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PNS Daily Newscast - September 24, 2020 


President Trump refuses to commit to a peaceful transfer of power post election; and COVID vaccine #4 needs volunteers.


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A new report highlights importance of keeping guns away from the polls; and Florida wants an investigation of a fund to help pay returning citizens' court fees and fines so they can vote.

Condition: Critical for 6,000 NH "Healthy Kids"

July 26, 2007

It's crunch time for New Hampshire's "Healthy Kids." Congress and President Bush are headed for a showdown over renewal of the State-Children's Health Insurance Program, also known as the S-CHIP. Caught between them are 6,000 Granite State low-income children whose families are poor enough for Congress, but not poor enough for the White House. That has executive director Tricia Brooks of the New Hampshire Healthy Kids program wondering if the President knows what it costs to live in the Granite State.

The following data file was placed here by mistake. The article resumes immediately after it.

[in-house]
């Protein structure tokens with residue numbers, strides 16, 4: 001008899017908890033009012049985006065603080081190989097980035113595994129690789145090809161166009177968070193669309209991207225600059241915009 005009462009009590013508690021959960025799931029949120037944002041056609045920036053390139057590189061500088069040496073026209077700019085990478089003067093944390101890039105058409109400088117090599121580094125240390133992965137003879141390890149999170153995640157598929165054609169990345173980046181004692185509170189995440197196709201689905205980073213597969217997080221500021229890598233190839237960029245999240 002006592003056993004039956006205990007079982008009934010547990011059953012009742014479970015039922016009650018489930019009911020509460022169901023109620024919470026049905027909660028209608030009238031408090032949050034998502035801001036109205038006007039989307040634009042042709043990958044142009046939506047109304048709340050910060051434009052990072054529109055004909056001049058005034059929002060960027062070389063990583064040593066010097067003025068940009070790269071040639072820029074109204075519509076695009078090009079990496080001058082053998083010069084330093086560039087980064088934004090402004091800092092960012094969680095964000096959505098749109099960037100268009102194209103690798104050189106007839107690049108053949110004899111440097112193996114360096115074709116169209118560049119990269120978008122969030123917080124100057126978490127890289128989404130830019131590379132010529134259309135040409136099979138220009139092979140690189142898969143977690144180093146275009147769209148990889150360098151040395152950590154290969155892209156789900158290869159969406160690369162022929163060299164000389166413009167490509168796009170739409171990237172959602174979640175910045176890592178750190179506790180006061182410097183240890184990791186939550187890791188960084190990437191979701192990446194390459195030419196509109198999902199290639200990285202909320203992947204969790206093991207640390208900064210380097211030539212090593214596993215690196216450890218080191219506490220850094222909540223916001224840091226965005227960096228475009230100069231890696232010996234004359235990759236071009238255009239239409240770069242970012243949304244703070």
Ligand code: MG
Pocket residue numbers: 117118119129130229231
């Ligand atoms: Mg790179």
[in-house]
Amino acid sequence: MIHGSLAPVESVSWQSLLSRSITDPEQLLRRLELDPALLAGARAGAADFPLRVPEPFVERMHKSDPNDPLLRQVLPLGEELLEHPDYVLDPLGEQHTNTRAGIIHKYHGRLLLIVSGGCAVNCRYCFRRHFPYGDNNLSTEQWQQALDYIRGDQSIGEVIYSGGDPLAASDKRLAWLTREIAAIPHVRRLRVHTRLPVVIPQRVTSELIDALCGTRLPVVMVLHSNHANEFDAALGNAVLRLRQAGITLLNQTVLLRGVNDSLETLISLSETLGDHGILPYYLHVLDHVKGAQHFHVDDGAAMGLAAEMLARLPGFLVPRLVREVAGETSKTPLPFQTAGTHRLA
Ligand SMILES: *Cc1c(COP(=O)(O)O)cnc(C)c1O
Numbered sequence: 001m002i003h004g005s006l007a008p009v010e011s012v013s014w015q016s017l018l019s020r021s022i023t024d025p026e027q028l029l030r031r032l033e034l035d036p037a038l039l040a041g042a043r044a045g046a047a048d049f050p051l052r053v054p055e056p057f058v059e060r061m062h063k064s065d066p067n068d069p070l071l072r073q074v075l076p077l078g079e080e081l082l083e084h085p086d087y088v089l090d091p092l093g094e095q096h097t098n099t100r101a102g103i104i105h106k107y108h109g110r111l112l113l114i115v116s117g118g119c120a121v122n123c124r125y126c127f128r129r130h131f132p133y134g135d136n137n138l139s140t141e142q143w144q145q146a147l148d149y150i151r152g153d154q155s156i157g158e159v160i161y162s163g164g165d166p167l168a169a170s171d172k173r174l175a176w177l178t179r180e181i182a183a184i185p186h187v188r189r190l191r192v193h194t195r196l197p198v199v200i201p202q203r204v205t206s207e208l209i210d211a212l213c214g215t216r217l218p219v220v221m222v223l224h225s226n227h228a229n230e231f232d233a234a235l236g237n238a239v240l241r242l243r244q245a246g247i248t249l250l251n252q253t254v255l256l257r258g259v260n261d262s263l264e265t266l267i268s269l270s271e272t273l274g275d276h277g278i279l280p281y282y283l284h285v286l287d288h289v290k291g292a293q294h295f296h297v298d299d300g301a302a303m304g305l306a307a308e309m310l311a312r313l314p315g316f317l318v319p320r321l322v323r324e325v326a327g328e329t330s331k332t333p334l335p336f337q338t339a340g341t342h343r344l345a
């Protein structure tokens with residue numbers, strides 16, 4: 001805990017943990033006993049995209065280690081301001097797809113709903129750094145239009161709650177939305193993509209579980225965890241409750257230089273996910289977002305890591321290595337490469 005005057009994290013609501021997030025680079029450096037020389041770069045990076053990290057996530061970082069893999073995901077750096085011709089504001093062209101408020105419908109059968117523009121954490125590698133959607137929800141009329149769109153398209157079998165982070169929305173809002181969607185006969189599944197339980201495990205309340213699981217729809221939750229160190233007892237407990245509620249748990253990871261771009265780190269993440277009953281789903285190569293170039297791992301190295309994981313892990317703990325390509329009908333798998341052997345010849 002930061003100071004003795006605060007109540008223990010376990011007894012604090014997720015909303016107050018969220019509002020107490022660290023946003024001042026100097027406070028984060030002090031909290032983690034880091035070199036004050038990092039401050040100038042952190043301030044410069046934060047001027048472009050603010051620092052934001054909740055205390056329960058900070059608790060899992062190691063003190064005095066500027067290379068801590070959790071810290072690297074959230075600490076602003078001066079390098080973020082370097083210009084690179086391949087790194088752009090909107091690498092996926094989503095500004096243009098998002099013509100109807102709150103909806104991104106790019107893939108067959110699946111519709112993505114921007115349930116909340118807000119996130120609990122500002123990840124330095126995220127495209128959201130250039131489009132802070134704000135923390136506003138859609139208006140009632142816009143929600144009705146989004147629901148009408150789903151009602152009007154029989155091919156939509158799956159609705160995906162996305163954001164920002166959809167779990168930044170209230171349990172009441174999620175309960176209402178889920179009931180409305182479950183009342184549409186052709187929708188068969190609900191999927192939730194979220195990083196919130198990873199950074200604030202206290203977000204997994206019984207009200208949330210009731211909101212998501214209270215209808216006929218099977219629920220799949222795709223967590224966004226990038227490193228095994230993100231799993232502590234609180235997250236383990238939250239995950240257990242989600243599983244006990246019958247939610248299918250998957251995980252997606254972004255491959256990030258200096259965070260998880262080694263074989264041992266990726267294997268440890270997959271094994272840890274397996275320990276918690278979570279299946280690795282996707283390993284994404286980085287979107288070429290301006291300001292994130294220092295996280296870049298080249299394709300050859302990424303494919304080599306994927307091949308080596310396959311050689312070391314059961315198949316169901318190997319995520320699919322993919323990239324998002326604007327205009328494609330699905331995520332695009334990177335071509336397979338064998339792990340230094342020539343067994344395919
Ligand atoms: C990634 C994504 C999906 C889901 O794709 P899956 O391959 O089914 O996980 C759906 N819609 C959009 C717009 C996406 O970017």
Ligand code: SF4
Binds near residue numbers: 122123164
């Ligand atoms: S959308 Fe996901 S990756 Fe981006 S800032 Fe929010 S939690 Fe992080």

"What 200 percent of the poverty level will buy in Texas is a lot more than it buys in New Hampshire, and this is why it's really critical that we have eligibility established at the levels that we do."

The current national poverty level for a family of four is $20,000 a year, and President Bush wants to limit S-CHIP to families making no more than twice that, or $40,000 per year.

Brooks says if the President vetoes the bill now in the Senate, 6,000 kids in New Hampshire could lose their coverage, unless the state makes up $10 million over the next five years.

President Bush wants Congress to change the bill to provide coverage for fewer children, saying the uninsured can get their care from emergency rooms, and additional federal support would deprive Americans of what he called "the choice and competition of the private market."

"It would cause huge increases in government spending, which could lead to higher taxes. It would result in rationing, inefficiency and long waiting lines. It would replace the doctor-patient relationship with dependency on people here in Washington, D.C."

Brooks finds Bush's alternative - emergency room care for uninsured kids - neither a cost-effective nor healthy solution.

"If we want kids to go to school healthy, then we need to make sure that they can get into primary care. Emergency rooms are not a choice, and the President is short-sighted in thinking that that's a good plan."

President Bush's complete comments, made June 27, 2007, are available at www.whitehouse.gov/news/releases/2007/06/20070627-10.pod.a.mp3.

John Robinson/Eric Mack, Public News Service - NH